The transactivator of transcription (Tat) protein is essential for efficient HIV type 1 (HIV-1) replication and is involved in the transcriptional regulation of the host immune response gene, TNF. In this study, we demonstrate that Tat proteins from representative HIV-1 subtype E isolates, but not from subtypes B or C, selectively inhibit TNF gene transcription and protein production in CD4+ Jurkat T cells. Strikingly, we show that this repression is due to a tryptophan at residue 32 of Tat E and is secondary to interference with recruitment of the histone acetyltransferase P/CAF to the TNF promoter and with chromatin remodeling of the TNF locus. This study presents a novel mechanism by which HIV-1 manipulates a host immune response gene that is important in its own replication. Moreover, these results demonstrate a new mechanism by which the TNF gene is regulated via chromatin remodeling secondary to viral infection.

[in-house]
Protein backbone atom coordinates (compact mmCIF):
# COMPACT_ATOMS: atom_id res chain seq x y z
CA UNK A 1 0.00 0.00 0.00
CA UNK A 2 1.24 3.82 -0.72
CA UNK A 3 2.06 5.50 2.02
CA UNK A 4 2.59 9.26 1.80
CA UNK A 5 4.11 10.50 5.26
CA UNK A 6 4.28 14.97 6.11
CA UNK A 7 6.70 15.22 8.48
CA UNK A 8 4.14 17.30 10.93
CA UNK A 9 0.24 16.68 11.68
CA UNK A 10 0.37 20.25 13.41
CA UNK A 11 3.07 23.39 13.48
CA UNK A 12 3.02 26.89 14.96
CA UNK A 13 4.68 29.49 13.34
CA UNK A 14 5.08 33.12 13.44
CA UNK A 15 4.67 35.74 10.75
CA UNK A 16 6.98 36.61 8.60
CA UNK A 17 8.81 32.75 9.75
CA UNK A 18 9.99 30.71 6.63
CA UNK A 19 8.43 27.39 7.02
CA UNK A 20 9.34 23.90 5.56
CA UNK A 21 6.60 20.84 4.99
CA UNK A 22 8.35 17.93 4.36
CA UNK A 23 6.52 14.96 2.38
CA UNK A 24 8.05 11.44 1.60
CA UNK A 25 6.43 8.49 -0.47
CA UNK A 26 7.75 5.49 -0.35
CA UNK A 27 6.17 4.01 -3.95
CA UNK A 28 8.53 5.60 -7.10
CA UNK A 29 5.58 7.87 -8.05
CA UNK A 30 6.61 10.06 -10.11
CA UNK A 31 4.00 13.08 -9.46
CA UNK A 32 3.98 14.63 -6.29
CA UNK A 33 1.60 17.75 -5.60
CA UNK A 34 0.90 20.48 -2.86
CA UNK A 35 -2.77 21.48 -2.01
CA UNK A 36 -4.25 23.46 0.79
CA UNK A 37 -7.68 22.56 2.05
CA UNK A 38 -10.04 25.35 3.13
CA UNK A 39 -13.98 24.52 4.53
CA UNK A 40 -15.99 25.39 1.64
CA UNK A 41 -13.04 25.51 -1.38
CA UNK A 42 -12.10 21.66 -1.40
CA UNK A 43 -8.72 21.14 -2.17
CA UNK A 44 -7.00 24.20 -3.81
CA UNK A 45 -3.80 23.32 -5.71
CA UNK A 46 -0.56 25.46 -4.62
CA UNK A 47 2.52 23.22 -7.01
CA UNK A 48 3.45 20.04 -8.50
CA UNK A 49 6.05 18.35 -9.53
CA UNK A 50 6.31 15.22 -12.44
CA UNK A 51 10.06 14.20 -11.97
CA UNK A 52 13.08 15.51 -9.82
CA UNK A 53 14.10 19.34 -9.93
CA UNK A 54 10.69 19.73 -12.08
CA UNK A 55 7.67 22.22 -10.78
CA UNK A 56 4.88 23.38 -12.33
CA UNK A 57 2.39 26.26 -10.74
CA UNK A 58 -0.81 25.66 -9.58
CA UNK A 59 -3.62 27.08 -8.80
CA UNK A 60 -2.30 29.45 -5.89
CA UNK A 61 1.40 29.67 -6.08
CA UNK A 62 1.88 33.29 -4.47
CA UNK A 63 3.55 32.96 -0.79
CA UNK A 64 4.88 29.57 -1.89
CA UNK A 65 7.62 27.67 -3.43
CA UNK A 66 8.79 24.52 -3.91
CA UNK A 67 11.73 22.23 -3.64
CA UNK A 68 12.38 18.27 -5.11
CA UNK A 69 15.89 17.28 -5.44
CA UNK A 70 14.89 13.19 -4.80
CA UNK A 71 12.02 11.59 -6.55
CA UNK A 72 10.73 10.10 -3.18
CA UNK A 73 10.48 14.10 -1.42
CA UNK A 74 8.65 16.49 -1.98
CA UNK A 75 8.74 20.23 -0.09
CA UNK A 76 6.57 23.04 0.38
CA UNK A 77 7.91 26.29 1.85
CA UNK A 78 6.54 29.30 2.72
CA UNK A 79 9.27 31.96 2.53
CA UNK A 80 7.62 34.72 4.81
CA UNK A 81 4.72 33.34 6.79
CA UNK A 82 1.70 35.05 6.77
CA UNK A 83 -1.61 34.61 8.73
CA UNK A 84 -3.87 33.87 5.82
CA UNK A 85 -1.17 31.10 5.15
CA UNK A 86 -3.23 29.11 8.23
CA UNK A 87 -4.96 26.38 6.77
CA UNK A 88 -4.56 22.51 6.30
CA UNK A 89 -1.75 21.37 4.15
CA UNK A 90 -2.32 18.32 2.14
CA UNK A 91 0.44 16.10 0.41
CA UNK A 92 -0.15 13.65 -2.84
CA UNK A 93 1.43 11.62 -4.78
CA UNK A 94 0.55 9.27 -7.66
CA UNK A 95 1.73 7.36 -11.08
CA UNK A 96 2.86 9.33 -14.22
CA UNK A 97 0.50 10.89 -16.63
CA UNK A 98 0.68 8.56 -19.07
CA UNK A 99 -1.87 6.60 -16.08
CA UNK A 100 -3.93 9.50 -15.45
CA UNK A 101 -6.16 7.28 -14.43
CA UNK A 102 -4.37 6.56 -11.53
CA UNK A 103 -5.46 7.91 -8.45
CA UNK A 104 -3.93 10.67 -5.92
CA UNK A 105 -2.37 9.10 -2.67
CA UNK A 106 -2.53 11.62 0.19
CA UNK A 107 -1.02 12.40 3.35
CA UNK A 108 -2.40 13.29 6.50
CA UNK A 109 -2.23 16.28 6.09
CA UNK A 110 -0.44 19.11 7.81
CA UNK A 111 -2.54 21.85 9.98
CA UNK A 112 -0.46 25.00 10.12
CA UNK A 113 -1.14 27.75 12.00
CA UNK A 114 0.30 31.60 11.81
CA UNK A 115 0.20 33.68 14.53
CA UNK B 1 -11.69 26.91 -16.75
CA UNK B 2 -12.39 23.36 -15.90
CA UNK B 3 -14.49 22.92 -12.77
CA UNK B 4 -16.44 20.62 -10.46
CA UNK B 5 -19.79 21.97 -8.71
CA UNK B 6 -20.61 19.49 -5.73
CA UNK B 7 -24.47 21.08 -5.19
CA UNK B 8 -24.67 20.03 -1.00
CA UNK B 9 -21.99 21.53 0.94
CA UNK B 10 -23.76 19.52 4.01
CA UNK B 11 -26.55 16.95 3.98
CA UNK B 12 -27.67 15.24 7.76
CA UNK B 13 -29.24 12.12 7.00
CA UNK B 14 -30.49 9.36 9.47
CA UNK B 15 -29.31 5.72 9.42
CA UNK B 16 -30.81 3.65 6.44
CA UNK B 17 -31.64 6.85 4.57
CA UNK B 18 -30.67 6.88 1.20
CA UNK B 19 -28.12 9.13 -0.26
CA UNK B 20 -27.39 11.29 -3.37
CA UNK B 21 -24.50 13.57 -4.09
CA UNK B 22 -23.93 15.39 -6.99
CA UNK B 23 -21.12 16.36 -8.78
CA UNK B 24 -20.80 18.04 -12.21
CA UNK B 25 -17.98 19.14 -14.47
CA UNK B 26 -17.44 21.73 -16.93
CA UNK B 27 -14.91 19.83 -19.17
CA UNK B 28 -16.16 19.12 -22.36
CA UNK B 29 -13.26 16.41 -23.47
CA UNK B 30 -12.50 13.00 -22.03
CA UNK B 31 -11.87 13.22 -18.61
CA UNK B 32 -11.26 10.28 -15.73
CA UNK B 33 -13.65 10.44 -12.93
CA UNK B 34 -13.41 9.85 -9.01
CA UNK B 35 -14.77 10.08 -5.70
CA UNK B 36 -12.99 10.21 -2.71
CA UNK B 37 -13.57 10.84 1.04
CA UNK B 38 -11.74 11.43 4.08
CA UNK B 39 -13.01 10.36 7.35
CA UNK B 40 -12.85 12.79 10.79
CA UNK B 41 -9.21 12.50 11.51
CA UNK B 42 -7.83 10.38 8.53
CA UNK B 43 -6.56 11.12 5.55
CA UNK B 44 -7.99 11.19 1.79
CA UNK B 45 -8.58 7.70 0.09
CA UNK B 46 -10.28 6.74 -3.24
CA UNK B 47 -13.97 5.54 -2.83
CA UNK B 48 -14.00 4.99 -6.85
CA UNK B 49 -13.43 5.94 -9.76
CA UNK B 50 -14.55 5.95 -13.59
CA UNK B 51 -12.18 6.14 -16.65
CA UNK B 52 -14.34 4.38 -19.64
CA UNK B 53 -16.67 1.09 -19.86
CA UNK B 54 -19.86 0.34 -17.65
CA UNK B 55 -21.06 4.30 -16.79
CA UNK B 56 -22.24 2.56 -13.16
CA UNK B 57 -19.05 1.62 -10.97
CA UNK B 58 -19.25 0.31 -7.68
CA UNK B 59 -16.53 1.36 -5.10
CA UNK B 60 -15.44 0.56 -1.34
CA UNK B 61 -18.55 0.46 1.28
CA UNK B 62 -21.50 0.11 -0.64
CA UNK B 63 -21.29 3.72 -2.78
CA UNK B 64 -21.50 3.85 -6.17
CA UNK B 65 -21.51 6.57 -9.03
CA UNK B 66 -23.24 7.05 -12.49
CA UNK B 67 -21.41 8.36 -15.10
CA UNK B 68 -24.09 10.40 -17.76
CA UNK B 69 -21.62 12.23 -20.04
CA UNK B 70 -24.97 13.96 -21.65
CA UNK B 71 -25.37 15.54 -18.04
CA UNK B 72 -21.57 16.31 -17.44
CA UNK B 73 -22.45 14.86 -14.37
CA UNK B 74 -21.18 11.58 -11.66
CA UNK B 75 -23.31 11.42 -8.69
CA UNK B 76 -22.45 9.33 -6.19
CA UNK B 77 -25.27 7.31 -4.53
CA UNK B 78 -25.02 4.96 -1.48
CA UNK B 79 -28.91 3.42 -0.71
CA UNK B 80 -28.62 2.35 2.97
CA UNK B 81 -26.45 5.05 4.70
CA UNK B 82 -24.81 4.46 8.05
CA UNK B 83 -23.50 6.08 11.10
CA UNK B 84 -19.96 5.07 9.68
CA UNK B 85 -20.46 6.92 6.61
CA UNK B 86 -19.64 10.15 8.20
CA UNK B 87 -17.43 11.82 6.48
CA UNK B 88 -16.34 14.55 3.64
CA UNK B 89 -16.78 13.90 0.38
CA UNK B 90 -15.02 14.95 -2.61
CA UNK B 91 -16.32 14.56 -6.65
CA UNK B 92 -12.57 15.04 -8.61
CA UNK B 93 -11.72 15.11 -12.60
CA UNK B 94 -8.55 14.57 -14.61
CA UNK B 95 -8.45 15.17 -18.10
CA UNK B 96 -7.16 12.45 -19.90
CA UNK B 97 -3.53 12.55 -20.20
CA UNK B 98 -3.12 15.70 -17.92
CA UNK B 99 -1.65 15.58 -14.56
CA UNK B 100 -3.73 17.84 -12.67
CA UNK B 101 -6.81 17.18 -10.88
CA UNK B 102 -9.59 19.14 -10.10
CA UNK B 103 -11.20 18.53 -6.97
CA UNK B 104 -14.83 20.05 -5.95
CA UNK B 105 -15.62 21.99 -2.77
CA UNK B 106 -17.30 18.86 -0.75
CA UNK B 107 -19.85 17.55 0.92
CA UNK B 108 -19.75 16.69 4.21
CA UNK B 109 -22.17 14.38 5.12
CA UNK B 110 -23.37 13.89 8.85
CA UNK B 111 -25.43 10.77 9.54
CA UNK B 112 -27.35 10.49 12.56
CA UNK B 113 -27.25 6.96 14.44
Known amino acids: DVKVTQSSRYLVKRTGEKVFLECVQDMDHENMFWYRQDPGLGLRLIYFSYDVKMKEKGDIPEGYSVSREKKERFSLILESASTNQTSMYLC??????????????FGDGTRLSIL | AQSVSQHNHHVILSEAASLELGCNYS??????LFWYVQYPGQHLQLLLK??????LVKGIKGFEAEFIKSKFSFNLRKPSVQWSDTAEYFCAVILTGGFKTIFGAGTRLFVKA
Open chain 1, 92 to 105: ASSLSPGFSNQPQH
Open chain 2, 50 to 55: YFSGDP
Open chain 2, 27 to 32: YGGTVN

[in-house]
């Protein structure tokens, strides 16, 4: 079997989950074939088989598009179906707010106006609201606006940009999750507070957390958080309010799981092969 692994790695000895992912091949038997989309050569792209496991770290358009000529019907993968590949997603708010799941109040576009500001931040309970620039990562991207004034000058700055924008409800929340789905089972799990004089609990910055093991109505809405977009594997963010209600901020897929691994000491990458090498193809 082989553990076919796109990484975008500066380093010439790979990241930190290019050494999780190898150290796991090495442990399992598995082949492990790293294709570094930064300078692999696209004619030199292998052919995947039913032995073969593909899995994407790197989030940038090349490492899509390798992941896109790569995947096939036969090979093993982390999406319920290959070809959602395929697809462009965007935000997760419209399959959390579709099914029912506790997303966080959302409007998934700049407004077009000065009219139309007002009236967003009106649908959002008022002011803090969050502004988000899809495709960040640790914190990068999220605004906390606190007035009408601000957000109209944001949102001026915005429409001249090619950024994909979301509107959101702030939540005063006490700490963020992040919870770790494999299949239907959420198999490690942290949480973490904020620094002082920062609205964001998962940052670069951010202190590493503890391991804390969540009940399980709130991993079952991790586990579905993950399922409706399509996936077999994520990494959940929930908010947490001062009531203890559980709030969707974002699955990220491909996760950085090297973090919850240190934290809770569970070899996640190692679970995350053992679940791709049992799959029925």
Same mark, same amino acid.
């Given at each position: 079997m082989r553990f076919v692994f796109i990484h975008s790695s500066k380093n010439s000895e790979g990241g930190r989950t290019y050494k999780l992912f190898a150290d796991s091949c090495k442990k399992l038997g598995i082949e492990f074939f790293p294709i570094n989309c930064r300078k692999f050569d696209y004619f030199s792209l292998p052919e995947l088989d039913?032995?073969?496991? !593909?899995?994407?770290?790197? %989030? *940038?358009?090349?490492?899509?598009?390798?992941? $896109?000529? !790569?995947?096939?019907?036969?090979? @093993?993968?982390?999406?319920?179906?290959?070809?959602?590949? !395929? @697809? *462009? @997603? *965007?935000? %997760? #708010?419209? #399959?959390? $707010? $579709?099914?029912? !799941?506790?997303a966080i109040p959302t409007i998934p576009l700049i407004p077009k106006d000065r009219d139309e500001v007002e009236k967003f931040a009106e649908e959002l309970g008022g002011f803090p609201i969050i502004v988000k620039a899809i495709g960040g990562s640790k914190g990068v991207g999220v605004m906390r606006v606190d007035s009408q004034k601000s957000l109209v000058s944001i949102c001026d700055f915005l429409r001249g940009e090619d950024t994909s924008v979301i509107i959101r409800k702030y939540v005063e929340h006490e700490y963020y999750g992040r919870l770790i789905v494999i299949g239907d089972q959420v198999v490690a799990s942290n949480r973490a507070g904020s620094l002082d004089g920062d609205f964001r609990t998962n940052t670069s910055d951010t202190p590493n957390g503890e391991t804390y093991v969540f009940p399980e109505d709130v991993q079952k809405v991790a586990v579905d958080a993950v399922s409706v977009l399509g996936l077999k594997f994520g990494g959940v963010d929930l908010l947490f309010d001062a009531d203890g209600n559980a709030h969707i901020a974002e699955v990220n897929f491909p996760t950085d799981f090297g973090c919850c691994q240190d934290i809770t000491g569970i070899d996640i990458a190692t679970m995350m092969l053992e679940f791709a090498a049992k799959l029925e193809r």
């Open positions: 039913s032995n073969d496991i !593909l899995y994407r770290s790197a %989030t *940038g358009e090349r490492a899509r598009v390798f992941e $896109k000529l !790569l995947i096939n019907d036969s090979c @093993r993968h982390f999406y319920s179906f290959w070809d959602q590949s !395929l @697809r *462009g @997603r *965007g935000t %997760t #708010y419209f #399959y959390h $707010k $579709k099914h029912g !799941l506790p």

|Original language||English (US)|
|Number of pages||9|
|Journal||Journal of Immunology|
|State||Published - Apr 1 2006|
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